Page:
I plan to vote for incumbent
Michele Madigan in the June 25th Democratic primary for the Saratoga
Springs City Council position of Finance Commissioner.
Since taking office in
2012, when the city was in the red, Madigan has successfully managed city
finances and demonstrated leadership on projects to enhance city life.
During her tenure the
city has held the line on property taxes without service cutbacks, saved
significant sums by refinancing city debt and restructuring city health care,
and secured a highly favorable bond rating.
Madigan reaches beyond the department she oversees to move the city forward, as
a strong council member should.
For instance, she is
leading the way, with support of her council colleagues, to make Saratoga
Springs the first municipality in the state to set up a high-speed fiber-optic
network for residents and businesses. In 2016 she created a Smart City
Commission, bringing together major stakeholders from the city’s public and
More examples: She
oversaw development of a solar park on the previous landfill on Weibel Avenue that
saves the city more than $60,000 a year. She partnered with the state to fence
in dog park on Crescent Street off Route 9. She initiated
setting aside two city-owned properties for affordable housing built by Habitat
for Humanity. And during her watch, the City Council was key to preserving the Pitney
Farm, which has been transformed into extensive community gardens.
I don’t agree with Madigan on everything. Her primary opponent, Patty Morrison, correctly asserts that the structure of city government needs changing, and I’m confident this will soon happen regardless of who’s on the council. To her credit, Madigan has served the city well despite the limitations of the current structure.
With the Republicans not fielding a candidate, the winner of the Democratic primary is likely to win in the general election. I’m sticking with Madigan.
I thought the choices would be easy. I was mistaken.
The budget vote and school board elections are today, and I’m still torn about the candidates. If you live in the Saratoga Springs school district, you’re going to have to decide for yourself which of the seven candidates competing for three seats best match what you’re looking for.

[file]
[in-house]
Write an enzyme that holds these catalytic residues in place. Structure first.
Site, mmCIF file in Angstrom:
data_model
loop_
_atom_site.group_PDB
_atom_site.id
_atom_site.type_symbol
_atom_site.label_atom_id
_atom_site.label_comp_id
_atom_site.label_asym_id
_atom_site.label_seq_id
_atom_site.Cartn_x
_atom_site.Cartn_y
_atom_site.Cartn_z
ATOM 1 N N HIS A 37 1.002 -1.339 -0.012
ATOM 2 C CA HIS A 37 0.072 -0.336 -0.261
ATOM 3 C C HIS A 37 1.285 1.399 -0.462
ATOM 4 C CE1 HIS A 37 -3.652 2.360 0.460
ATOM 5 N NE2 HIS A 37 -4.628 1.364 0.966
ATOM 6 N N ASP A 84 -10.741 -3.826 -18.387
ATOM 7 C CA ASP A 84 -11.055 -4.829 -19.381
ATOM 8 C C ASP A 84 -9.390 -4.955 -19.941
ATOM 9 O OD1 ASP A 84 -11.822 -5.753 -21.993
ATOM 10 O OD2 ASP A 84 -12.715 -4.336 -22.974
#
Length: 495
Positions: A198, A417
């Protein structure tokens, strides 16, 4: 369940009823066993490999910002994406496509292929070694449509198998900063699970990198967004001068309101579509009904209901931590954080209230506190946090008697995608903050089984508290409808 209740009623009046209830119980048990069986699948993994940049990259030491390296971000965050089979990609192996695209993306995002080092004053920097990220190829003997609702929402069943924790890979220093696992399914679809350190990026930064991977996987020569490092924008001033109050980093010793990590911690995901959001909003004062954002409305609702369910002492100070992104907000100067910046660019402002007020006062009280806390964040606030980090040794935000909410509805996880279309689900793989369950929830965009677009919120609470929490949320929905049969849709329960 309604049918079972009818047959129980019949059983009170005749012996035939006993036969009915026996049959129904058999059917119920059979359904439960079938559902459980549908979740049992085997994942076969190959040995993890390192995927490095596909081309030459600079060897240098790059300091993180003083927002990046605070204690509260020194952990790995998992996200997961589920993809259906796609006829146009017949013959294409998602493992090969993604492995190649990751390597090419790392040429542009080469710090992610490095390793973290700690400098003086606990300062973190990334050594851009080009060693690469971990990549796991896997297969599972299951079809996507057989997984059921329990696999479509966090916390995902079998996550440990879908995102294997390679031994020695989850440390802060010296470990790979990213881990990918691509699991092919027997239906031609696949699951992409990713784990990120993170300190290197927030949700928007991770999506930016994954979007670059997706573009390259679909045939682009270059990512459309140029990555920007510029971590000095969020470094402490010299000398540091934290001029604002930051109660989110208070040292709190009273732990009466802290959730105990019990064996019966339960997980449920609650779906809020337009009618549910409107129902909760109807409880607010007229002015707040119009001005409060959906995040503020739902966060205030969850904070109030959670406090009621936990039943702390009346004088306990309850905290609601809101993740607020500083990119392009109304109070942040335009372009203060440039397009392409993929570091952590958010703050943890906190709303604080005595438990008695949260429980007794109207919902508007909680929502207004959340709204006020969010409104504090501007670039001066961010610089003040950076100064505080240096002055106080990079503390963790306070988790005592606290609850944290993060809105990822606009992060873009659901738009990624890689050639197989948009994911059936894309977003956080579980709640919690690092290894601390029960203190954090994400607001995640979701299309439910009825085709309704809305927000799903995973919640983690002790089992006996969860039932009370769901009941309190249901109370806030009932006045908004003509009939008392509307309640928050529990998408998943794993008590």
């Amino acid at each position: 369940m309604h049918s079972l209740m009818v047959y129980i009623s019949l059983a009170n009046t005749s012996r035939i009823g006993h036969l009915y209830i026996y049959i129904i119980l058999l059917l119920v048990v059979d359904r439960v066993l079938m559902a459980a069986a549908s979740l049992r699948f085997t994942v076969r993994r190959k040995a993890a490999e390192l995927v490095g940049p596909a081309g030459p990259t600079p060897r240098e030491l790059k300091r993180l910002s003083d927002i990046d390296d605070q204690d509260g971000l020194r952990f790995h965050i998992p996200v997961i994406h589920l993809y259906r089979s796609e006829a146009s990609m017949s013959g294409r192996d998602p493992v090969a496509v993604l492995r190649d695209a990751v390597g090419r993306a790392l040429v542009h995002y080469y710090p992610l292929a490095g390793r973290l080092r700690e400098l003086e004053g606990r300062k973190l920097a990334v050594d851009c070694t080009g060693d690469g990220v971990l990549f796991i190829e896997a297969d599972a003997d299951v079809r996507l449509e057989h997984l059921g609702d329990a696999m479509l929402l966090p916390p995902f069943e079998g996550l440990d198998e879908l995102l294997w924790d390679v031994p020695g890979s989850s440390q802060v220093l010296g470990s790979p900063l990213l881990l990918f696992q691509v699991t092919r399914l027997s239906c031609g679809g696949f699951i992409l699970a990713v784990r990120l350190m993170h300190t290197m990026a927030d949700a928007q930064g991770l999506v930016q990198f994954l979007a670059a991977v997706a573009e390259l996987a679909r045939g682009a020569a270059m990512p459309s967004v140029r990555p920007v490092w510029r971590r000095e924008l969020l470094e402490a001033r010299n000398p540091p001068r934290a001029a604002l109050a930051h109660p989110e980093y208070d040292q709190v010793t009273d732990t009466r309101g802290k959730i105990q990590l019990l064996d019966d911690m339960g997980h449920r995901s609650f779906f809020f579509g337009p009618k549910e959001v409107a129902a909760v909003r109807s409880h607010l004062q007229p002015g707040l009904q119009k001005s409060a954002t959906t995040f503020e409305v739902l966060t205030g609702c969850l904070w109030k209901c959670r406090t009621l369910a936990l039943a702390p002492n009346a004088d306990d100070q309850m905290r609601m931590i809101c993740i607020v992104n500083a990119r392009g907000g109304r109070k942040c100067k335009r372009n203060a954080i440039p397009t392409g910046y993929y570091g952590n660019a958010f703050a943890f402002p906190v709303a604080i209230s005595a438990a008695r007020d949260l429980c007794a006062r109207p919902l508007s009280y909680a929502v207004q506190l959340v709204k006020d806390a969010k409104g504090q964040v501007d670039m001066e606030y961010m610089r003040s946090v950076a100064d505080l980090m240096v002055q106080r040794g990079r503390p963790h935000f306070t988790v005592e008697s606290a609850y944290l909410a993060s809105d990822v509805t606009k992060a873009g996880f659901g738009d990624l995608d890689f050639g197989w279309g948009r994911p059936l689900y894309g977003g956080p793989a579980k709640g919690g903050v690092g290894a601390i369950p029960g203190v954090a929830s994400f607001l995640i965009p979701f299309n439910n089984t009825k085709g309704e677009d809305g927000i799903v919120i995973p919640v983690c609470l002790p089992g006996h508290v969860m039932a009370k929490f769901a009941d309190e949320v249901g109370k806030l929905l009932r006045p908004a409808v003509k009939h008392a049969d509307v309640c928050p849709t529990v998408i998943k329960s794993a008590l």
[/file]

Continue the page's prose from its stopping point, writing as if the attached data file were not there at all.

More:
I listened to all seven address myriad questions at a
forum hosted by the League of Women Voters of Saratoga County at the high
school May 8, reviewed their responses to the questions on the league’s
website (an excellent public service), read the individual writeups in The
Saratogian, noticed lawn signs, reviewed mailings, noted the Saratoga Springs
Teachers Association endorsements, and chatted with one, Natalya Lakhtakia, who
knocked on my door when I happened to be home.
Based on all of the above, the two candidates I feel most strongly about voting for are Natalya Lakhtakia and Connie Woytowich. I came away from the forum impressed by their smart, direct, thoughtful answers, their approach to education issues, and their highly relevant professional and personal experience. They seem passionate and reasonable. By the way, they have opposite views about whether the district should bring back armed monitors (Woytowich says yes, with training and evaluations; Lakhtakia wants only active duty officers armed). I’d like them to win, though I pity the headline writer.
I’m wavering about my third choice.
Longtime resident John Kaufmann expressed my thoughts precisely
in a May 19 post on his Saratoga
Springs Politics blog, where he wrote: “Any of the candidates running for the three seats open on
the Saratoga Springs Board of Education would serve the district well. … All of
them care deeply about our schools, and it is to their credit that they are
willing to take on the very demanding job of being a school board member.”
Not one of the seven is a single-issue candidate. However,
three – Ed Cubanski, Dean Kolligian and Shaun Wiggins — are running as a team in
multiple mailings paid for by “Saratoga Parents for Safer Schools,” formed to
reverse the current school board’s decision to disarm school monitors. Woytowich shares that goal
but decided not to be associated with the group after it attacked candidate Heather
Reynolds as an “anti-school safety politician.”
respect Woytowich for this demonstration of civility for a fellow candidate. It’s
inane to claim that anyone on or running for the school board does not care